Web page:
Cube or Globe?

If a blind man had learned to distinguish a globe and a cube from one another through touch and then he gained sight later in life, would he be able to tell the two a part by sight without first feeling the objects?  My point in bringing this up is not to tell you what the answer is.  What this problem demonstrates to me is perspective and subjective experience and how it actually does dictate our reality in powerful ways, down to the neurological level.  How does this apply to life generally and how to live?  Put simply, try to put yourself in the other persons shoes, do not be quick to judge, and understand that we can never truly understand or feel what another person understands or feels.  Conversely, we should not take offense where someone seems to be unable to relate to an opinion or perspective we have, if anything the lack of understanding is not so important compared to if they try to relate and we all must show forgiving for what will inevitably remain in the gray areas.

Describing well the ambiguity that exists in communication between individuals is the chill man himself, Jack Johnson:

“But it’s all relative
Even if you don’t understand
Well it’s all understood
Especially when you don’t understand
Then it’s all just because
Even if we don’t understand
Then lets all just believe”

-It’s All Understood


2 thoughts on “Cube or Globe?

  1. It has come to my awareness that even outside of religion, faith is universally important. Like you said, we can never truly understand another’s difficulties. Even the attempt at empathy– trying to see the world through their eyes is ultimately an impossibility because we are subject to our own brand of bias. When it all comes down to it you just end up believing that things are hard for them and you offer what you can to help.
    But to take the conversation a step further, doesn’t it seem interesting that we even feel persuaded in the first place to convince other people about empathy? I, like you, feel for some reason that the world collectively fails to understand the meaning of empathy– perhaps my knowledge of the subject is primitive, but all day I see people hypocritically condemning others for absolutely no apparent reward.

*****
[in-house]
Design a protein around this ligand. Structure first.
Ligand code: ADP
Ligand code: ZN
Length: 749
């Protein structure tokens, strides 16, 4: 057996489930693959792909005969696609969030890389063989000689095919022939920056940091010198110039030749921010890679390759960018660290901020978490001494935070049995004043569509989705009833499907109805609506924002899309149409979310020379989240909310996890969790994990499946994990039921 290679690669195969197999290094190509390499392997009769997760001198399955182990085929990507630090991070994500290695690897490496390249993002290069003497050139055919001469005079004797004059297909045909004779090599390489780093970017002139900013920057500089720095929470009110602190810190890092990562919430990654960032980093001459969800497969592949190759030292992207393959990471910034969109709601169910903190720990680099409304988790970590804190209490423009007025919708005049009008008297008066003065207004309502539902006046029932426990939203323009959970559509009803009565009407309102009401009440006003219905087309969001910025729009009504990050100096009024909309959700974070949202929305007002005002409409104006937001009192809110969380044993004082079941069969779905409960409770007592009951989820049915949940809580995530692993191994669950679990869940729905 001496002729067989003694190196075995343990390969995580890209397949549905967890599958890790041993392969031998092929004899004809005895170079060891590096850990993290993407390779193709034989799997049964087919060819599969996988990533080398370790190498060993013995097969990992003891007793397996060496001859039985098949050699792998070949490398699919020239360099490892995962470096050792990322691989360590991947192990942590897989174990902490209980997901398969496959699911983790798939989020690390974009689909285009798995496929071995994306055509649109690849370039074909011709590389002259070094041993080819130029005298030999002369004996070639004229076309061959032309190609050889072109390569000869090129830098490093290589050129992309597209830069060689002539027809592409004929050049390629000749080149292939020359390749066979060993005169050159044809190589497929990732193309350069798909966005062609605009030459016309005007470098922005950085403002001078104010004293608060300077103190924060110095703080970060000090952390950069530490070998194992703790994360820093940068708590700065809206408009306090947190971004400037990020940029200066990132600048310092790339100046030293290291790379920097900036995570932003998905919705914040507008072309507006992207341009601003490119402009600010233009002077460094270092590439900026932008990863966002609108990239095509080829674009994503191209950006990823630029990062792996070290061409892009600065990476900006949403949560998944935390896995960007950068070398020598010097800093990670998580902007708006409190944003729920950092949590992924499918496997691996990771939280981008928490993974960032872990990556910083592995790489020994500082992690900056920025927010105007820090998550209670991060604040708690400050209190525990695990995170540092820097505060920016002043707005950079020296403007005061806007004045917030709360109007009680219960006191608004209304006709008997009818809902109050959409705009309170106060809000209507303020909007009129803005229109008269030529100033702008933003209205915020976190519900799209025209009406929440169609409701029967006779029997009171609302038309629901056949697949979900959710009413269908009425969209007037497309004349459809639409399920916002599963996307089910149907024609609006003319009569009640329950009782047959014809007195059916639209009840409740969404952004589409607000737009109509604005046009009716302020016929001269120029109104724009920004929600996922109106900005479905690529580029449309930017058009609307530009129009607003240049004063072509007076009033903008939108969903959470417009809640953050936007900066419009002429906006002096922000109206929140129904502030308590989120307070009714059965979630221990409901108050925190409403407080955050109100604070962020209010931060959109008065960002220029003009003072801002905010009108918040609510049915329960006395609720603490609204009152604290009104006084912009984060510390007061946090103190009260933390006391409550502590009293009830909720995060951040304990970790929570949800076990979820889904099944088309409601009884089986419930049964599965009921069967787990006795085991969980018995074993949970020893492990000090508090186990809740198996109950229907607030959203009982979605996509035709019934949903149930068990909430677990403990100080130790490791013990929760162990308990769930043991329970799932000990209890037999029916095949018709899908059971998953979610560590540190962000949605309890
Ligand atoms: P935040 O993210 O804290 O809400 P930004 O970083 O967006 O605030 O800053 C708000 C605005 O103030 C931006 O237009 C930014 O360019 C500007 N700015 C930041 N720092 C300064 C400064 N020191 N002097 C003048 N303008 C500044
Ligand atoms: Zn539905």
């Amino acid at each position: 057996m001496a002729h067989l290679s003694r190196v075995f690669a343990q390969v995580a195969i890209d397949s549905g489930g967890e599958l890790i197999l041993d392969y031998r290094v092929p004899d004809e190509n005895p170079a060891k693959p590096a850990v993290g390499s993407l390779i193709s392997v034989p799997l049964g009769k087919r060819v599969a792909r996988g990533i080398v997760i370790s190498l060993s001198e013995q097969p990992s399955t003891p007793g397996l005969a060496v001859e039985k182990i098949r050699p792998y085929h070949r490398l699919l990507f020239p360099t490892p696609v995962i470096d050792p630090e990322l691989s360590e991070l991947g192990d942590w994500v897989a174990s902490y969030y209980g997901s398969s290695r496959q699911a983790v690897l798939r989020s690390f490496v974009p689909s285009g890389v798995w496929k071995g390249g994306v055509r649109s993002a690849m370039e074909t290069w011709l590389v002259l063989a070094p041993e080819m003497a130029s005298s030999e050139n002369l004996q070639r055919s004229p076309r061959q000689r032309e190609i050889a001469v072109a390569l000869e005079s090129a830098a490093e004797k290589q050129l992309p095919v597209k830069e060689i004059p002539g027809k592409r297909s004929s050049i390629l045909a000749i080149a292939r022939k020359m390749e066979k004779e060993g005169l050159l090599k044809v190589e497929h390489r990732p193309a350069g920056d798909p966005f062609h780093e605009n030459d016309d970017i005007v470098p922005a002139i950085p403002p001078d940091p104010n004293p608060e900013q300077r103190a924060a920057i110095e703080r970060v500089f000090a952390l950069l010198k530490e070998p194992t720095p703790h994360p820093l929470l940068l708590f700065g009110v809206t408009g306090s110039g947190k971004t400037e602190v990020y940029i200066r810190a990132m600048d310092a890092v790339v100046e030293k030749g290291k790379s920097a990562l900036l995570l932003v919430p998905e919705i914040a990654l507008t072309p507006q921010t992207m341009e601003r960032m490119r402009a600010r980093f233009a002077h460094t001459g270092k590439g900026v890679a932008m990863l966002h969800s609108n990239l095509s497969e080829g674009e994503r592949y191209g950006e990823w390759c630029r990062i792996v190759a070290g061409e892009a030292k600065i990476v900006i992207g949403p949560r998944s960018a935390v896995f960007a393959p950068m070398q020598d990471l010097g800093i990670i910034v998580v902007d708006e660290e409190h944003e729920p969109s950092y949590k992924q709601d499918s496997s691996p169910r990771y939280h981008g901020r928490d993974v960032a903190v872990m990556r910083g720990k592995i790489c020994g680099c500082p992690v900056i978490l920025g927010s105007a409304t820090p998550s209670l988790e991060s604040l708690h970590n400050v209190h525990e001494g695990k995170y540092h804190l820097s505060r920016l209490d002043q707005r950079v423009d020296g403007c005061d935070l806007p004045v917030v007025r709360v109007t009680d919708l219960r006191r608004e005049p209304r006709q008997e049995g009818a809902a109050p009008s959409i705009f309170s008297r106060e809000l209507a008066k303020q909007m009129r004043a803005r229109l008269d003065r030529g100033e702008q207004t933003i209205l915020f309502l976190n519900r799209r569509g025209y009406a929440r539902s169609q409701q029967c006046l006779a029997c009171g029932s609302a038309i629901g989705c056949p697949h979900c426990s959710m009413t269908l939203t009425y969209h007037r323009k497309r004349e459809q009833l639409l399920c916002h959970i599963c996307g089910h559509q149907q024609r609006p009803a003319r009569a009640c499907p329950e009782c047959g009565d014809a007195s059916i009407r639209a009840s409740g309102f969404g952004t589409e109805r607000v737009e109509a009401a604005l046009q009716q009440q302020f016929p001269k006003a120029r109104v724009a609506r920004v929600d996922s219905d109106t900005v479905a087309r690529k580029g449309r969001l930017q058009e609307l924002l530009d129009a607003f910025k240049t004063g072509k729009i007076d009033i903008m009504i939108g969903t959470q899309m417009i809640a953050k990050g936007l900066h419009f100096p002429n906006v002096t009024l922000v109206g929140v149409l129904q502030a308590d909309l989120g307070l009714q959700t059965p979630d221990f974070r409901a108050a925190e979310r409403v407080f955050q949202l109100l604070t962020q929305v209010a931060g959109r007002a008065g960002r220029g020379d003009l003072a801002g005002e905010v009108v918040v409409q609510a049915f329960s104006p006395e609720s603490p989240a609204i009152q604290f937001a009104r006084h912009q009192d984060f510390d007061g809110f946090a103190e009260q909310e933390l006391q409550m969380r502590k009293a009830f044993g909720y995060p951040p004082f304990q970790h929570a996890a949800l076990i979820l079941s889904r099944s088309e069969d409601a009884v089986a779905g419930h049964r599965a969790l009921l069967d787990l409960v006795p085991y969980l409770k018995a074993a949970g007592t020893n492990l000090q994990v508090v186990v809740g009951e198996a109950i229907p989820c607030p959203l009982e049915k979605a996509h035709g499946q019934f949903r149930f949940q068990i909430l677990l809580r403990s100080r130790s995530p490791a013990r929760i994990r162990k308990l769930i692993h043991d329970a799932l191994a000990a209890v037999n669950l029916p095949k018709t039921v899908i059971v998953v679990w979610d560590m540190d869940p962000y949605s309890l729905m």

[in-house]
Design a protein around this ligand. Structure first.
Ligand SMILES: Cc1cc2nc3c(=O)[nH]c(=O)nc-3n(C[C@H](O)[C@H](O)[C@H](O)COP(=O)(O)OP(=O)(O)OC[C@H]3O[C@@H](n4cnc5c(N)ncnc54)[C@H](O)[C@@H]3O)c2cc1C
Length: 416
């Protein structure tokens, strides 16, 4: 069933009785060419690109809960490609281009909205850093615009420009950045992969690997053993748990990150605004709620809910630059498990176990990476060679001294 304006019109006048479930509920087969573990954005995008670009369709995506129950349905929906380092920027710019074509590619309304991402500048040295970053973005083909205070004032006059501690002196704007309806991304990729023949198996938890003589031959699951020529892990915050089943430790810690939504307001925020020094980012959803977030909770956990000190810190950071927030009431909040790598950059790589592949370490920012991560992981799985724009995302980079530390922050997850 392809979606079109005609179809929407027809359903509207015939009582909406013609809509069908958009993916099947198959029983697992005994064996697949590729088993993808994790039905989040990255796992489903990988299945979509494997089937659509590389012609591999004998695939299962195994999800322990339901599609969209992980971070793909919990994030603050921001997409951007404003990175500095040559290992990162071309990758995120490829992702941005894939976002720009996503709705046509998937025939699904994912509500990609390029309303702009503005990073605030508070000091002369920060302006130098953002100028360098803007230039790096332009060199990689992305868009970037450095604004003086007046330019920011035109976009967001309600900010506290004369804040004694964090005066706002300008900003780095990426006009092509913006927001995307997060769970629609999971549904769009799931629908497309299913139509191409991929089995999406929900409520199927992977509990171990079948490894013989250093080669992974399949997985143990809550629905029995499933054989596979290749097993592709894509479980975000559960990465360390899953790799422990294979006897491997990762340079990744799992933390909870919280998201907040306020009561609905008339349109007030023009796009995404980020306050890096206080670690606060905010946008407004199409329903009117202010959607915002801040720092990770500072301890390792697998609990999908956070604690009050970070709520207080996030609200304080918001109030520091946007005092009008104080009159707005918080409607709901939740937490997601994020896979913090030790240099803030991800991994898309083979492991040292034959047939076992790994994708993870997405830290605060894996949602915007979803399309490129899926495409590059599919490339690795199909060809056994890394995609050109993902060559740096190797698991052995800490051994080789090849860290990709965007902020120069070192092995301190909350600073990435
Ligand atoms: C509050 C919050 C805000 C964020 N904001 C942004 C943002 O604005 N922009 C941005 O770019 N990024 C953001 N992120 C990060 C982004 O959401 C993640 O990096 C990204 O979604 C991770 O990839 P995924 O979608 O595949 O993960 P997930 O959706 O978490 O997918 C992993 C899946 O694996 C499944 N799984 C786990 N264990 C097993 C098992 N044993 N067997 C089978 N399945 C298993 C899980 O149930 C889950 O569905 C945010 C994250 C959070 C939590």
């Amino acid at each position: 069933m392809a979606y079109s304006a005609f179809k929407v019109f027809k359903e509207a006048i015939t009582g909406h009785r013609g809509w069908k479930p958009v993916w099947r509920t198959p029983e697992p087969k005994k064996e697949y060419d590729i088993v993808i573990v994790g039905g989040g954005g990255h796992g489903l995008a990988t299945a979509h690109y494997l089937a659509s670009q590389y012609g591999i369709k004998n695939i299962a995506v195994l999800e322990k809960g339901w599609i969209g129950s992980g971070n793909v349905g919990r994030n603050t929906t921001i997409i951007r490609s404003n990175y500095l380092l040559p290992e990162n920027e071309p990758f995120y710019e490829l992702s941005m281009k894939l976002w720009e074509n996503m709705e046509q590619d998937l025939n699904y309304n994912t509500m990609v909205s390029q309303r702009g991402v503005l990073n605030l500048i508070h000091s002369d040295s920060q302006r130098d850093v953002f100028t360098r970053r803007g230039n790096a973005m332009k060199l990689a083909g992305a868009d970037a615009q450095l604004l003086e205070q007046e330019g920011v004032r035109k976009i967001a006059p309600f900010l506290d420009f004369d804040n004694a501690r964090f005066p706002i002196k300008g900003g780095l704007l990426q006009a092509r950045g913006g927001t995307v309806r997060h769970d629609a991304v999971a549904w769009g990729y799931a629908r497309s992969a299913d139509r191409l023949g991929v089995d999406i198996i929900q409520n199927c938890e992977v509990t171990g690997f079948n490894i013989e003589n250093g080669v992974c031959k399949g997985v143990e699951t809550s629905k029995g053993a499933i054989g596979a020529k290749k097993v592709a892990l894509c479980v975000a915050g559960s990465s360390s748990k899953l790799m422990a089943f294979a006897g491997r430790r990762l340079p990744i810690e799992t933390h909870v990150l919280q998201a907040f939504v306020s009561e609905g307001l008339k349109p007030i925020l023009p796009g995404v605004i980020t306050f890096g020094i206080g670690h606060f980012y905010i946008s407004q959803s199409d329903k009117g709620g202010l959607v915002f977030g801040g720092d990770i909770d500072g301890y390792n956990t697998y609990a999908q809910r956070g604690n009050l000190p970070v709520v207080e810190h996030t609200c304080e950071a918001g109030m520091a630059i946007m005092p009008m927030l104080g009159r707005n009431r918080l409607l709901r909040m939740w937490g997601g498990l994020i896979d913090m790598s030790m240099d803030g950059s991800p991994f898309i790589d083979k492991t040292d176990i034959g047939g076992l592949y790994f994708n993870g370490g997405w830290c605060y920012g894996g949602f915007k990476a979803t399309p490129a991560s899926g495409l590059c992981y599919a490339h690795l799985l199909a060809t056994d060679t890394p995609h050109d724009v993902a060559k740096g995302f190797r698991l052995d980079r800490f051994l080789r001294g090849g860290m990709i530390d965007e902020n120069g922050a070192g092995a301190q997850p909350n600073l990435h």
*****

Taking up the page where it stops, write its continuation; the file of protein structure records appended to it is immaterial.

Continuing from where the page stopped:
It is easy to maintain a misanthropic perspective when you look out the window and see all the impersonal jerks running around.
    And yet, true empathy discards the notion of misanthropy, because on some strange level we perceive that these people just don’t know any better. And then there is the whole notion of self-righteousness; some people assume that their universal care elevates them to some kind of demi-god status because unconditional empathy is a social scarcity. To those people I feel just as sorry; empathy requires humility because we accept that there is much that we don’t understand.
    That was a rant.
    In summation, the ability to perceive life through the eyes of another requires humility. I think about something I heard a long time ago, it is roughly paraphrased: “Every living creature on the face of the planet knows something you do not.”

  2. I agree that you can never truly understand someone else as if you were looking at the world from behind their eyes. There will always be a basic existential separateness between yourself and every other human being that cannot be bridged by the powers of the psyche, heart, mind, or whatever you want to call it – not even close. And it takes humility to admit that and function well with the gray areas and the areas of misunderstanding.

    I also believe, however, that there is a form of “good enough” understanding between two people. Even among all the people who try to relate, there are those who can do it well enough to form a functional and satisfying relationships and those who, for whatever reason, can’t. Some don’t know any better, some were severely traumatized in early childhood, etc. And I’m sure there are many other reasons why this is the case that I don’t yet have a clue about. But I have experienced both realities (“good enough” understanding and “not good enough” understanding) and studied them professionally for a few years now, and I think the distinction matters – quite a lot.

    When you believe that “good enough” understanding exists, that you deserve to have it in your life, and that you can offer it to other people, your life can become incredibly more satisfying, happy and successful. It also requires that you make some tough decisions about who you will trust, who you will be close to, and who you will not. That process sucks, but it is completely worth it.

    That doesn’t take away the sting of the truths that no one will ever “truly” be able to understand you and we are each completely alone within our own minds. But “good enough” understanding allows for some of the sweetest and most important parts of human life.

Leave a Reply

Fill in your details below or click an icon to log in: Logo

You are commenting using your account. Log Out /  Change )

Google+ photo

You are commenting using your Google+ account. Log Out /  Change )

Twitter picture

You are commenting using your Twitter account. Log Out /  Change )

Facebook photo

You are commenting using your Facebook account. Log Out /  Change )


Connecting to %s